“I’m far away from them and this is what is heart-rending. I need to get closer,” he added.
Fofanah was one of around 80 Sierra Leonean medics who attended an event in London last week to find out more about how they could help.
All were successful professionals keen to put their careers in Britain on hold and even risk being infected with Ebola to help their country.
Mohamed Koker, a 50-year-old emergency doctor who has worked in Britain for 12 years, hoped his knowledge of languages and traditions would help break down barriers with locals.
“I think the urge within me to perform what I call a national duty overrides my fear,” he told AFP.
“Most importantly, I have all the Sierra Leoneans back home who have no medical knowledge and who are sacrificing themselves, who are doing more than I think I am doing here.”
It is not only doctors and nurses who are desperate to help.
The British government is leading the international aid effort in its former colony, but members of the 23 000-strong Sierra Leonean diaspora here want to go further.
Ebola “is the only topic of conversation” among many, said Ade Daramy, chairman of the Sierra Leone Diaspora Ebola Task Force, which is working to help co-ordinate the response.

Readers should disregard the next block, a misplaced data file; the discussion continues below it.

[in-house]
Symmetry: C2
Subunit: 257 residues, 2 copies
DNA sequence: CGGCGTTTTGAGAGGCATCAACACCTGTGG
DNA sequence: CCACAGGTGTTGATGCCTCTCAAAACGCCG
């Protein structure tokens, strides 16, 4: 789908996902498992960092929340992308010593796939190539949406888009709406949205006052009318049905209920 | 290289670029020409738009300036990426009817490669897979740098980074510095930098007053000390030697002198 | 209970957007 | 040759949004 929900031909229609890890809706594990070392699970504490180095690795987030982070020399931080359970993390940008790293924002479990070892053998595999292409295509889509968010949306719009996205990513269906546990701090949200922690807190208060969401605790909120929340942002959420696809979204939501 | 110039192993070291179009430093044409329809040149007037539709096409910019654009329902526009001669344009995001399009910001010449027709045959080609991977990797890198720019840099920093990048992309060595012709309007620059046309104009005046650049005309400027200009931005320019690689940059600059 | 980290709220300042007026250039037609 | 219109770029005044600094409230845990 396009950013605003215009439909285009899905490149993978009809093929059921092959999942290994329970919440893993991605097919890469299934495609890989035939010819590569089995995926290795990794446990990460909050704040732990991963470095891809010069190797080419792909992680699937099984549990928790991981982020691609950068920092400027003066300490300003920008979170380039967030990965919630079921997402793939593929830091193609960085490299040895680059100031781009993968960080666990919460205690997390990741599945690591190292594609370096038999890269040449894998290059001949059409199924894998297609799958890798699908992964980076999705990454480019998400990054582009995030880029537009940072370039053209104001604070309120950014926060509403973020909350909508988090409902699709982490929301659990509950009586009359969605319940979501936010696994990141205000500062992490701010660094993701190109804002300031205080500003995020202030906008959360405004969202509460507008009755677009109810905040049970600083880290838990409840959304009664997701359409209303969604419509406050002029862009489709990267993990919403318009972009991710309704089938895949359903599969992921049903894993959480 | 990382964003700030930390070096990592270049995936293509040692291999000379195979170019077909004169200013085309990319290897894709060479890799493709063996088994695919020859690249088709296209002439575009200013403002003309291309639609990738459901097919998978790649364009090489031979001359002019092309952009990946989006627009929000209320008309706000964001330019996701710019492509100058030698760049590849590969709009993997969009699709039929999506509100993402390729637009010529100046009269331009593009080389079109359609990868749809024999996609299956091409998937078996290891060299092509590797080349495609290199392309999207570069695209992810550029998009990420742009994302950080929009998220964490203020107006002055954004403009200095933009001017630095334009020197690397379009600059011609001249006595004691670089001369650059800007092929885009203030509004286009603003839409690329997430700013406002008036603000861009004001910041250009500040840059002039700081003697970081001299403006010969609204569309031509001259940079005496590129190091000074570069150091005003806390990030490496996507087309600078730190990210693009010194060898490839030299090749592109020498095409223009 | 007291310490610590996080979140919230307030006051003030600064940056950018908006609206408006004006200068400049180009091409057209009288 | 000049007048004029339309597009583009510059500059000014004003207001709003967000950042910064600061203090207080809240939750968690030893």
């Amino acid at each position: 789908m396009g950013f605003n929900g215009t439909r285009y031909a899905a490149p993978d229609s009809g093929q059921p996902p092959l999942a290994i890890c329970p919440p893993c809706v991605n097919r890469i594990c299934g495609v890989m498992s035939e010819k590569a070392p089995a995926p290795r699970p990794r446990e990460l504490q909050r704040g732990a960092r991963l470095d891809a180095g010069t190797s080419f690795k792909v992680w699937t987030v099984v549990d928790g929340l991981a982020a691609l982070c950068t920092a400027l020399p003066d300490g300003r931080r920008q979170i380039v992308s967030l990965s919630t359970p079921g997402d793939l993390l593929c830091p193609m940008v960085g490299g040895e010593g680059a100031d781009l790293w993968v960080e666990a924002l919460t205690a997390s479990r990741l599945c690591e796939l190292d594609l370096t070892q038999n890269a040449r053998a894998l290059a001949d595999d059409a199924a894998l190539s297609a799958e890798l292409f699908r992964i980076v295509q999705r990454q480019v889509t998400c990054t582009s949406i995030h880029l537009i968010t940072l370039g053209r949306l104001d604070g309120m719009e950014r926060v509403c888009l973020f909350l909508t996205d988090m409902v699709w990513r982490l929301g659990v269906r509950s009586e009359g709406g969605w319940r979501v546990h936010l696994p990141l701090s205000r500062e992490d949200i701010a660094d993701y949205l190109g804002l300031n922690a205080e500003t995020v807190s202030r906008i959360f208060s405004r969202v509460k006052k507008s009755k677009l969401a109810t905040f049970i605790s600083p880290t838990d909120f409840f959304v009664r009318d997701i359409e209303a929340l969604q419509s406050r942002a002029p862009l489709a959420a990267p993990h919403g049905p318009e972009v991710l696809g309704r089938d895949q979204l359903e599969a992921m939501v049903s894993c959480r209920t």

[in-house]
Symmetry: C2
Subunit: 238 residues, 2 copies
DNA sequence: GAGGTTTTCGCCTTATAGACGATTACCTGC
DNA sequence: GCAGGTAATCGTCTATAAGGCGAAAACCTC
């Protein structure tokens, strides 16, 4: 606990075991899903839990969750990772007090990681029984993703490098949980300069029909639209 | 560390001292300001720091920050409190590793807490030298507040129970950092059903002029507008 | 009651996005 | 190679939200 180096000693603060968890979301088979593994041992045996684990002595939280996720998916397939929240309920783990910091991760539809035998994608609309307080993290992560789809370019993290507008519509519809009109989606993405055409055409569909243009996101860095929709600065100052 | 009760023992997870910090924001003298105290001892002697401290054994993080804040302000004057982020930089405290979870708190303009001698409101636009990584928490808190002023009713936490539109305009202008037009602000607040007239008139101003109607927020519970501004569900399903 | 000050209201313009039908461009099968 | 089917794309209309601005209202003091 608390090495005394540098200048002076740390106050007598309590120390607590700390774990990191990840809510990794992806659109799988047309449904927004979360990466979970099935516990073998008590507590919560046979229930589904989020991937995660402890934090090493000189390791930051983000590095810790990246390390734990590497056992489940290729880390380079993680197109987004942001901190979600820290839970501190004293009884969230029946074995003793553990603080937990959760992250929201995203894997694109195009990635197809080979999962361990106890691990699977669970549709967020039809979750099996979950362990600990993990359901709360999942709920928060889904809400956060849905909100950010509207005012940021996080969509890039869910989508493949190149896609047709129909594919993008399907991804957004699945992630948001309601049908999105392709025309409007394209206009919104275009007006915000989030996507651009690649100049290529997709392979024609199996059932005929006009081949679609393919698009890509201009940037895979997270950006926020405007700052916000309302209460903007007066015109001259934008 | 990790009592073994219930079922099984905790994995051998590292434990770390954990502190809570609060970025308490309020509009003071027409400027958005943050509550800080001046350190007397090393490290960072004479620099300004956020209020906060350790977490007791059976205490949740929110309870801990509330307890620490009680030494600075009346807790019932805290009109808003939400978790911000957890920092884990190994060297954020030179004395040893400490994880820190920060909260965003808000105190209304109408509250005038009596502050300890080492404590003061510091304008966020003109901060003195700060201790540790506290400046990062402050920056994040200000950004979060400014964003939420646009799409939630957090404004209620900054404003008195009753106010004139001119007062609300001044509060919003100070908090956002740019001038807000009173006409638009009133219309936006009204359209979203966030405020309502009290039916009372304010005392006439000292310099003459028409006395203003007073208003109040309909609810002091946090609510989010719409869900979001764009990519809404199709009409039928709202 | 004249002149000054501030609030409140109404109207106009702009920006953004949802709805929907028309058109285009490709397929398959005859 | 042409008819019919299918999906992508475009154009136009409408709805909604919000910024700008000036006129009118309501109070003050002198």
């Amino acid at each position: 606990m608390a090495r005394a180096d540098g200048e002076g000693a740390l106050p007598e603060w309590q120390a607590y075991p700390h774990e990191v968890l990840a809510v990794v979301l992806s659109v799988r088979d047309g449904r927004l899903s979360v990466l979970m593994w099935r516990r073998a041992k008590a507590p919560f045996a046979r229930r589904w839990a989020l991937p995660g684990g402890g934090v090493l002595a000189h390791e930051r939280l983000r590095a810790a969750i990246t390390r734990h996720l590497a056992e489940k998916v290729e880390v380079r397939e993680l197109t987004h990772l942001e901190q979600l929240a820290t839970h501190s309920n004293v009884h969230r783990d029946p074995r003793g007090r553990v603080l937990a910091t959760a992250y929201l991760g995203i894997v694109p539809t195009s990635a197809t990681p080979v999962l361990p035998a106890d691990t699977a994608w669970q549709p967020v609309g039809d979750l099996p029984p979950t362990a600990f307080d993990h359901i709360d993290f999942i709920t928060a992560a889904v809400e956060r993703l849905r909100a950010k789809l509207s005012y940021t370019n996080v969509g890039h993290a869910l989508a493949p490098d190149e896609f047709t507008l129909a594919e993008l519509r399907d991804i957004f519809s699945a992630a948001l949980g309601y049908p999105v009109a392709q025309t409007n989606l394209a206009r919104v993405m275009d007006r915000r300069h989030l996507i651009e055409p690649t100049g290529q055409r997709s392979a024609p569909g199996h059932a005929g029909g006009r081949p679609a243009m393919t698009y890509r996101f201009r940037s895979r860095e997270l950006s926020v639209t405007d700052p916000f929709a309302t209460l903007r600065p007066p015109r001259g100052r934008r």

Food campaign, clothing “When you live overseas and you’ve got family there – that just breaks you,” added Memuna Janneh, a 46-year-old British business consultant who grew up in Sierra Leone.
She started a charity in London to help feed people working on the frontline in Freetown, helped by her husband and relatives who are still living over there.
“LunchBoxGift” provided 2 600 meals to people living rough during the three-day lockdown in September, and now hopes to provide 50 000 more to hospital workers and patients.
“We may not have the cure, we may not have the logistics, we may not have the hospitals, all of those more complicated things that the government is battling to deal with,” she told AFP.
“But we can certainly as ordinary people come together to do food. It was really that simple for me.”
The British-based Sierra Leone War Trust for Children (SLWT) has also raised money to provide protective clothing and non-contact infrared thermometers for health workers and to deliver handwashing stations to rural areas.
In another innovative project, it sent 1 000 plastic raincoats to provide basic protection from Ebola for drivers of the “okada” motorcycles commonly used for transport.
For some, the urge to help is fuelled by a desire to save Sierra Leone from another trauma as serious as the country’s 1990s civil war.
Mayene Sesay (32) saw her mother shot dead in 1999 and lost a foot when a house she was in was set on fire.
She now runs an NGO for young disabled people in Sierra Leone.
Although not a medic, she attended the recruitment event in London to find out what she could do to fight Ebola.
“Whatever happens to me, I’m going to stay strong and help my country because I don’t want (it) to go through something else again,” she said.
“At least I can remember the person who shot my mum but I cannot see Ebola, where it comes from, how it affects my family. It’s like a ghost – you’re gone.”